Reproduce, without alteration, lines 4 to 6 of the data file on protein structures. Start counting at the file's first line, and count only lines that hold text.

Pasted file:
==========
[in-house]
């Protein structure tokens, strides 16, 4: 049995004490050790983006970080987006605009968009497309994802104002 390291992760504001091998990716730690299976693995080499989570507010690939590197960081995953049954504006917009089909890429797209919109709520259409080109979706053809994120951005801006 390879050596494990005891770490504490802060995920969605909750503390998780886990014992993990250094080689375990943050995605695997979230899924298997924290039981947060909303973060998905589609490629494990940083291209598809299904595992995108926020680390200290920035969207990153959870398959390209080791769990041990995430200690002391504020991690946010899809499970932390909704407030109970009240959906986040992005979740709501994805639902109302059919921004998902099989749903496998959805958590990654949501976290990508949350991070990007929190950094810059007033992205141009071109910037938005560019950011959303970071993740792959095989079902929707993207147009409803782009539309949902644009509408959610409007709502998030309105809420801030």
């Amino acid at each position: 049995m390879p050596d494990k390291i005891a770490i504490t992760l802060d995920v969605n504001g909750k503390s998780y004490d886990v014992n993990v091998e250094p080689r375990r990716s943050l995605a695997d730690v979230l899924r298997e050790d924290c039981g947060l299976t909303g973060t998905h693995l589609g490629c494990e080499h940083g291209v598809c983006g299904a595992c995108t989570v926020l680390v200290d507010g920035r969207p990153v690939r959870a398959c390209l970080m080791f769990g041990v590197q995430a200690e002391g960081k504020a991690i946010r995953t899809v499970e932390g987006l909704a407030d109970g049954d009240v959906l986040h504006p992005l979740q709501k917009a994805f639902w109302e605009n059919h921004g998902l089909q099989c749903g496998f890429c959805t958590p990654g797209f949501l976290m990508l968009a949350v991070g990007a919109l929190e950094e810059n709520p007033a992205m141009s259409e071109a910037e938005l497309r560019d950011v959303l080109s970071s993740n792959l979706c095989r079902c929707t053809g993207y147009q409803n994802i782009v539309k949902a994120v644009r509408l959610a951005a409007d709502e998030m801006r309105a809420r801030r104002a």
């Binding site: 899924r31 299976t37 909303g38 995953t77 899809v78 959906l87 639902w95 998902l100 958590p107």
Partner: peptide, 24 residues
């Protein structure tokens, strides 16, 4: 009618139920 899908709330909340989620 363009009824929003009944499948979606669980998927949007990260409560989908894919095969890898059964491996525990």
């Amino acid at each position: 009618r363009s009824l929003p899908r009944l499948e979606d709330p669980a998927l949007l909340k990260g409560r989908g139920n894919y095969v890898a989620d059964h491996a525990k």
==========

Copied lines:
């Binding site: 899924r31 299976t37 909303g38 995953t77 899809v78 959906l87 639902w95 998902l100 958590p107």
Partner: peptide, 24 residues
């Protein structure tokens, strides 16, 4: 009618139920 899908709330909340989620 363009009824929003009944499948979606669980998927949007990260409560989908894919095969890898059964491996525990």